In planning during a time of scarce resources, the college must struggle for balance. The scramble to cover the multiple instructional missions of its departments-general education, graduate education, and education for majors-should not result (as it often does) in inadequate coverage of courses needed for departmental majors. In addition, in making hiring decisions, departments and the college need to balance the demands of adequate substantive coverage of the field/discipline with strategic choices regarding areas of emphasis in research and artistry.

Maintain and enhance the quality of the undergraduate curriculum.

  • The college and departments will regularly review and assess existing majors, with attention to student learning outcomes and other assessment data, level of student demand, extent of faculty involvement, resource requirements for program improvement, and curricular needs.
  • Departments will use the program review process to develop and revise student learning outcomes, curricular mapping, assessment planning and reporting, and college-level credit granted for pre-college work (CLEP, AP, IB, etc.)
  • College faculty will review college requirements and proposed new programs as the need arises, in consultation with departmental and college curriculum committees. The college will expedite the launching of newly created and consolidated programs and certificates (e.g., Dance major, combined B.A./M.A. and B.A./M.P.A. in Political Science) in response to student need and demand.
  • College faculty will examine and, if necessary, revise the core experience (beyond the disciplinary experience) of all CLA majors as a whole, in the context of changing general education requirements and credit limits.

Maintain and enhance the quality and consistency of instruction in the majors.

  • The academic experience of our undergraduate majors, especially at the 300- and 400-level, depends upon the majority of these courses being taught by regular, permanent full-time faculty rather than by part-time instructors. Exceptions should be made only where specific relevant professional experience can only be provided by LOA instructors, as in the case of Criminal Justice or Political Science, or where strategic use of postdoctoral fellows or visiting instructors can provide new approaches not available elsewhere.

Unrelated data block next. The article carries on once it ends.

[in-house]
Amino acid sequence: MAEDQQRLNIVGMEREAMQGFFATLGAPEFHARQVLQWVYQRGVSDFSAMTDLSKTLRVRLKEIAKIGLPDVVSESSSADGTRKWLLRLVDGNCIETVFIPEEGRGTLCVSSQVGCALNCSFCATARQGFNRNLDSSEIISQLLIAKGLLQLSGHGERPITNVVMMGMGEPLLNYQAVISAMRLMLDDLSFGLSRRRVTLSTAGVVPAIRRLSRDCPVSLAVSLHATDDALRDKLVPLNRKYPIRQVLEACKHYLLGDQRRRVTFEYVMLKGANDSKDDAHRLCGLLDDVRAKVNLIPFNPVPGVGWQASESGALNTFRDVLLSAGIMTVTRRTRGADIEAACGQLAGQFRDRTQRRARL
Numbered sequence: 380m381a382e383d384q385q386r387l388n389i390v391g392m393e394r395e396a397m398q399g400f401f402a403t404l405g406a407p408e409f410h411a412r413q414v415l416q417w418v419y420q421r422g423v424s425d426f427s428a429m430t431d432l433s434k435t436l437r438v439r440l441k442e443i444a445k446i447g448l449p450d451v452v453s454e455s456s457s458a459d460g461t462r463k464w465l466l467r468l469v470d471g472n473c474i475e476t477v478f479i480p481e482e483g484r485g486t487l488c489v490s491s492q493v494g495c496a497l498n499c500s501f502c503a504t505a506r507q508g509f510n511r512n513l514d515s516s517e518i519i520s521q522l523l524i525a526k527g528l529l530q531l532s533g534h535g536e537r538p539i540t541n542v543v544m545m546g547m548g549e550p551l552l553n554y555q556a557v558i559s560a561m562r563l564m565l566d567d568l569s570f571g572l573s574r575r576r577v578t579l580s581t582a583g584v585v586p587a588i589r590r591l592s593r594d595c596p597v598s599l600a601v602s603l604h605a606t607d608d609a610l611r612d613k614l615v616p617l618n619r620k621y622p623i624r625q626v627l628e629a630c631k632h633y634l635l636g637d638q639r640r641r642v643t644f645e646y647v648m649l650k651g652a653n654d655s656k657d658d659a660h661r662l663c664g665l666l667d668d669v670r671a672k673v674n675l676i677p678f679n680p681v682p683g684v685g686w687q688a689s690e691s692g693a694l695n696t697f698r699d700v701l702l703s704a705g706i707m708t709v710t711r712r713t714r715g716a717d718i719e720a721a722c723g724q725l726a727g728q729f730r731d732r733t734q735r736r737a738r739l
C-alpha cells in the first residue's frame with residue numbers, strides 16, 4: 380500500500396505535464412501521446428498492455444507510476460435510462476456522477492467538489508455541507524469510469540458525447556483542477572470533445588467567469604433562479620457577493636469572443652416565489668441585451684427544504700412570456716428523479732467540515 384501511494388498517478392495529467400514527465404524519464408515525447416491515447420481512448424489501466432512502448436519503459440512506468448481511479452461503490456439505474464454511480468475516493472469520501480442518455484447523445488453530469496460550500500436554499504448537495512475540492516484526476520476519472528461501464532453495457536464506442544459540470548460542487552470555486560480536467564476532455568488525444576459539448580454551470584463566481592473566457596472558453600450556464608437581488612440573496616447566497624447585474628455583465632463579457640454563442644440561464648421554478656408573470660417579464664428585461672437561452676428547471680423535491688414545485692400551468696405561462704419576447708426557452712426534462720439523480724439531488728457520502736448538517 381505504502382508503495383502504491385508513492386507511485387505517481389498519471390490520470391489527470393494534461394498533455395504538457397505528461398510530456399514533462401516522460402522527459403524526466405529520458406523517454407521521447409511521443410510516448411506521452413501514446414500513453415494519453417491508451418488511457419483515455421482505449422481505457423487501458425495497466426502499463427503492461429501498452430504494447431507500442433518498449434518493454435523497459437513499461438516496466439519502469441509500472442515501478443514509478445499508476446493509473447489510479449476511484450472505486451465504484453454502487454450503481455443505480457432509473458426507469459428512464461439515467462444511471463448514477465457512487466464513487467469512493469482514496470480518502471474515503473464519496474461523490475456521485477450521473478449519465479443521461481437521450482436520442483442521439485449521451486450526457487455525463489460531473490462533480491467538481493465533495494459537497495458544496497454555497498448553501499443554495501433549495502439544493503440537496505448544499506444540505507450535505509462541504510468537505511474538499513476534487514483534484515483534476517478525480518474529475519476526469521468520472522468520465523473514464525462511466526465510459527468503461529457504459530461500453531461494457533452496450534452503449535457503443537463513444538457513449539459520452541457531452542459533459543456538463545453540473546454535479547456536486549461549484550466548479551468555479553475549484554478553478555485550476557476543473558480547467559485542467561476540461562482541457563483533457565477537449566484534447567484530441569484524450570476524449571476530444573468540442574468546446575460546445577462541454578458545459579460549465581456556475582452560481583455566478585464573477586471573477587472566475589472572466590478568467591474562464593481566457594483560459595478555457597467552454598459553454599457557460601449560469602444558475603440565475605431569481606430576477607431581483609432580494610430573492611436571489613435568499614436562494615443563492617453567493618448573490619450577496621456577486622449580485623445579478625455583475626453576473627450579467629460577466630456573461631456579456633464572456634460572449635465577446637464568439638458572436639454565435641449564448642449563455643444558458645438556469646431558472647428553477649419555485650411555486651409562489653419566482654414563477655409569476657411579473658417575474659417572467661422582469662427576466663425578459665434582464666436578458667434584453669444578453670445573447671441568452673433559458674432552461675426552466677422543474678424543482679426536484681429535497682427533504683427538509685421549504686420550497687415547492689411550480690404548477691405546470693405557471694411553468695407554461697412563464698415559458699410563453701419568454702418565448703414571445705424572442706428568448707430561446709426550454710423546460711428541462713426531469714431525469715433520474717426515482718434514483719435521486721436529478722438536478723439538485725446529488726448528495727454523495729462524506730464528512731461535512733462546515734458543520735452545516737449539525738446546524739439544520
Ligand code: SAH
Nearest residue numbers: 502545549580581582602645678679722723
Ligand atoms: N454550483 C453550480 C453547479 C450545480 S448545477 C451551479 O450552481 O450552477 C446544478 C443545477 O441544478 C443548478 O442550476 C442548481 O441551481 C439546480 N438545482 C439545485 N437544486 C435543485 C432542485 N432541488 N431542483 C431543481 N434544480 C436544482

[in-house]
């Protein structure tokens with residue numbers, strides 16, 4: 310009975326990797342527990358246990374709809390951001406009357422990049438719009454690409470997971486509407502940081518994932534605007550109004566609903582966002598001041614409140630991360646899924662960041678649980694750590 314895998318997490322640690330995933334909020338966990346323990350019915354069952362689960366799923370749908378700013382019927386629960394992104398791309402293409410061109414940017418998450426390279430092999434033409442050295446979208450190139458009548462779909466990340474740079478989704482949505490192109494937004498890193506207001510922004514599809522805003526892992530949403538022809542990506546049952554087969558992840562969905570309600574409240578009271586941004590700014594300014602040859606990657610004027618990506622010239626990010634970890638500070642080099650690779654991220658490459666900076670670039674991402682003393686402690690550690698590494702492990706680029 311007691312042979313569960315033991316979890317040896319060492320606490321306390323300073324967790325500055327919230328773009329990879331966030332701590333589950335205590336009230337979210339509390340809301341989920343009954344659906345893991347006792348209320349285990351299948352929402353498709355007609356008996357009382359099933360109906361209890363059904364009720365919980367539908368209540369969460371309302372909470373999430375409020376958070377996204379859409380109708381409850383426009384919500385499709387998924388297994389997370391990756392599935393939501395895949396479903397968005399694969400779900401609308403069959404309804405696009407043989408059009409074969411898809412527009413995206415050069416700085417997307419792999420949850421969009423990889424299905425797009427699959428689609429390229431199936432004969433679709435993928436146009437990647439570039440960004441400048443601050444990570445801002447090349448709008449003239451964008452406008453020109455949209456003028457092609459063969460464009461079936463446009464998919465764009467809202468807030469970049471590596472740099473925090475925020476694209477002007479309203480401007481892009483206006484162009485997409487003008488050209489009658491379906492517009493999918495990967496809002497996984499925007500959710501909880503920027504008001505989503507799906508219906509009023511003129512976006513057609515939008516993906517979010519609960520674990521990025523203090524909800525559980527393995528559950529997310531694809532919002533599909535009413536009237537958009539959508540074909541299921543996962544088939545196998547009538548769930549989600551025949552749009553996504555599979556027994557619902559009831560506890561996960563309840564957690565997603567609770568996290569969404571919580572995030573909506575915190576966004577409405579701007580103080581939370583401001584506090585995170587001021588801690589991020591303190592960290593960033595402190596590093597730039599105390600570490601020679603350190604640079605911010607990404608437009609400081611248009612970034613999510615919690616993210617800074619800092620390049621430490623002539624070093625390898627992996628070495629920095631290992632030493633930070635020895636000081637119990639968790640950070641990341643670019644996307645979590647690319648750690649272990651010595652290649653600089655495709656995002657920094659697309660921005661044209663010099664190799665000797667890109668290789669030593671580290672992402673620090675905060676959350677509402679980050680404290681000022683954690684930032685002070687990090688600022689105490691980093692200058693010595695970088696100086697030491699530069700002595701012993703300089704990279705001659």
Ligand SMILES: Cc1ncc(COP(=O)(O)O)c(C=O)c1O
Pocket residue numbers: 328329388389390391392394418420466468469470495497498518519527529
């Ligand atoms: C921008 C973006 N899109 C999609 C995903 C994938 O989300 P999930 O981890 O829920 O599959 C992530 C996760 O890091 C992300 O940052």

• The college and departments will cooperate to maintain adequate and appropriate staffing of upper-division major courses so that specialized topics, smaller enrollments, detailed and personalized work assignments, rigorous writing and research requirements can be provided.
  • The college will facilitate departmental faculty conversations about appropriate coverage of disciplinary areas for the undergraduate curriculum. Departments must strategically consider what constitutes adequate or excellent coverage of their field. Departments and the dean should work together to determine the most appropriate types of faculty lines needed to meet these departmental curricular goals.
  • In proposing new positions, the college priorities will be to increase the number of tenure-track faculty and decrease the student/faculty ratio.
  • Departments will use annual evaluations, student comments, and other relevant data to address problems with teaching, through appropriate mentoring and other professional development practices.

Recruit and retain well-prepared undergraduate students. The college will:

  • Continue to provide resources for recruitment and marketing, particularly among high-achieving prospective students. It will promote individual campus visits by National Merit finalists, potential Presidential scholars, and other accomplished high school students with high potential to excel in CLA programs.
  • Seek additional scholarship support for talented majors in the liberal arts, particularly in areas that are not currently well funded with scholarships.
  • With departments, continue to highlight and reward outstanding student achievement among our majors through dean's awards and other public recognition.
  • Enhance communication with and among students through integrated email lists, a college newsletter, improved websites (both departmental and college), and print materials.
  • Use and more effectively publicize the CLA student advisory board as a venue for learning about and discussing student concerns and needs.

Support and extend effectiveness of academic advising. The college will:

  • Support accessibility and quality of academic advising through regular communication with departmental undergraduate advisors, training of new advisors, and departmental updates for college advisors.
  • Work with departments and the advising center to develop workable assessment tools for college and departmental advising efforts. Have an advising assessment plan in place by 2014.